I DUG into my pocket for a leaflet every long-lifer needs to carry in his bill fold these days. The Government Printing Office in Washington charges five cents for it. It is called "Appendix to Regulations No. 61, Formulae for Completely and Specially Denatured Alcohol." In it are set down forty-seven formulae with which manufacturers of industrial alcohol must comply in order to make the alcohol they sell undrinkable. Formula No. 1 specifies that industrial alcohol to be used for any of more than a hundred manufacturing purposes, including the manufacture of imitation ivory, must be denatured by the addition to every 100 gallons "of five gallons approved wood alcohol." Quite different from "a little menthol"!

Somebody had lied. But lies about hooch constitute the new communicable disease.

Poisonous substances such as wood alcohol, however, tell no lies when we drink them! Wood alcohol keeps its promises, does exactly what it is expected to do when taken into our bodies-how quickly is merely a matter of conditions and how tough is the body. "In general," says Dr. Frank P. Underhill, professor of pharmacology and toxicology at Yale, "the fatal dose varies between one and two ounces."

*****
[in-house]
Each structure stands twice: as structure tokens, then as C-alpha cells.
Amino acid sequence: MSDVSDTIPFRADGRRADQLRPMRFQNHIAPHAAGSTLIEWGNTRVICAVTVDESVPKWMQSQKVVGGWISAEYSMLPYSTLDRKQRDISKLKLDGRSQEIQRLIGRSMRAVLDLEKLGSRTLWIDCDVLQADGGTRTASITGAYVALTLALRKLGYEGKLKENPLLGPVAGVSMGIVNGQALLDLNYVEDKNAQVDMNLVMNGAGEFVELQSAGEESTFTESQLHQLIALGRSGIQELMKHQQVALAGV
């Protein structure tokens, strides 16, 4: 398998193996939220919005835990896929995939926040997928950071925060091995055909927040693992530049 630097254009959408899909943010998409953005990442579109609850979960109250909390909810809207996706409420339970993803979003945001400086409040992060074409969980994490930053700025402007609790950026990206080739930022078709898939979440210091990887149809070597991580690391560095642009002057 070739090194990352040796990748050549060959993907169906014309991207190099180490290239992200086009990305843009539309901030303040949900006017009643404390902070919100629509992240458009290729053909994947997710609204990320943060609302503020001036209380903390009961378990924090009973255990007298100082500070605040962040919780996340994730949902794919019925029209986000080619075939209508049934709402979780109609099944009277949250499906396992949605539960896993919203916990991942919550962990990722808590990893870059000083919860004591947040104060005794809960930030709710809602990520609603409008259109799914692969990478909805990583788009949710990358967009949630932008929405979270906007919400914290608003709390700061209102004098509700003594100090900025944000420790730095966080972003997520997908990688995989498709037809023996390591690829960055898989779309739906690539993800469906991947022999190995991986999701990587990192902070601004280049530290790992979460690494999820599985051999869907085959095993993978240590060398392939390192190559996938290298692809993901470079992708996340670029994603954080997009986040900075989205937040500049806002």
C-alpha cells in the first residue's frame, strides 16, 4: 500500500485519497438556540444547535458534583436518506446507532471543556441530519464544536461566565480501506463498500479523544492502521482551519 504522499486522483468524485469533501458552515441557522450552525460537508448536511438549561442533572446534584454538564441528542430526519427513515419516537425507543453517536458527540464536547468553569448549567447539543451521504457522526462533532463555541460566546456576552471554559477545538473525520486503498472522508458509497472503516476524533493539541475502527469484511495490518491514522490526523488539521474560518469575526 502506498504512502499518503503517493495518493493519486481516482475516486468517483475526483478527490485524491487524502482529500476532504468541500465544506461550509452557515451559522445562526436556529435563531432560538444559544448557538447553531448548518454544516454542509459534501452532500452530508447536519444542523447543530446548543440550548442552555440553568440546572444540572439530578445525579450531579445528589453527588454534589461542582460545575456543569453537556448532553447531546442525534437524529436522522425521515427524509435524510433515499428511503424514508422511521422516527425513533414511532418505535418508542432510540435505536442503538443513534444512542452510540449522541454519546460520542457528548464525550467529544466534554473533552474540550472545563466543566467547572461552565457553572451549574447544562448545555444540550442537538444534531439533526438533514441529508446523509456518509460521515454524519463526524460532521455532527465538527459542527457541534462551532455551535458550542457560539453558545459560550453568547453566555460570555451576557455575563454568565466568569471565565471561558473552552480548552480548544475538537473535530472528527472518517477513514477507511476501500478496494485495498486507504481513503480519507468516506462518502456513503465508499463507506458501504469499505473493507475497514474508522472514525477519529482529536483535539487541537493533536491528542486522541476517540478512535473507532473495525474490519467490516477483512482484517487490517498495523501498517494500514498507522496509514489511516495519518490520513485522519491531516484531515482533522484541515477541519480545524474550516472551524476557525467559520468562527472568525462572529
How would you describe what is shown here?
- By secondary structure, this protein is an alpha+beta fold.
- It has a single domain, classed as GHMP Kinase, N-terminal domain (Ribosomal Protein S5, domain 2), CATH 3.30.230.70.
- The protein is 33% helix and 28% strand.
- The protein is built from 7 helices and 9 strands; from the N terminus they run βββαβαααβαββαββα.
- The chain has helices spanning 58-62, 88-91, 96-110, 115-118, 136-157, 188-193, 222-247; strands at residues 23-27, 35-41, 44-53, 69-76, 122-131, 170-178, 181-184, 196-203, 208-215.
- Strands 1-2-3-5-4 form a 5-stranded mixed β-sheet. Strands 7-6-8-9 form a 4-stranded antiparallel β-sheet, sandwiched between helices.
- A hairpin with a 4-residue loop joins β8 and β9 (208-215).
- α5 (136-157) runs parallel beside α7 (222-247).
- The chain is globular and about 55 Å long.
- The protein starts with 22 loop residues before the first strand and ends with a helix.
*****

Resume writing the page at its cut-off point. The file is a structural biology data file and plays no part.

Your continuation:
Our public hospitals, private sanitariums and doctors every day are treating men and women prostrated or blinded by wood alcohol, or suffering from the cumulative effect of small quantities used over a period of time. For wood alcohol isn't burned promptly by the body to carbon dioxide and water, as grain alcohol is.

WITH methyl (wood) alcohol poisoning," says Dr. Underhill, "the stage of excitement characteristic of ethyl (grain) alcohol is usually absent. Instead, the most outstanding feature is depression and weakness There is headache, nausea, vomiting, violent abdominal pains, muscular incoordination, weak, rapid pulse, dyspnoea, cyanosis, restlessness, non-sensitive, dilated pupils, low temperature, cold, moist skin, sometimes delirium, generally coma, infrequently convulsions, and death from respiratory failure. Total blindness may be sudden."

Since nowadays the typical man knows more about his body-and less about his drink-than the typical physician knew fifty years ago, it is worth adding that methyl and ethyl alcohol are only part of the alcohol family.

There is also amyl alcohol seven kinds -any of them five times more poisonous than ethyl or grain alcohol. But the most popular nowadays is commonly known as fusel oil.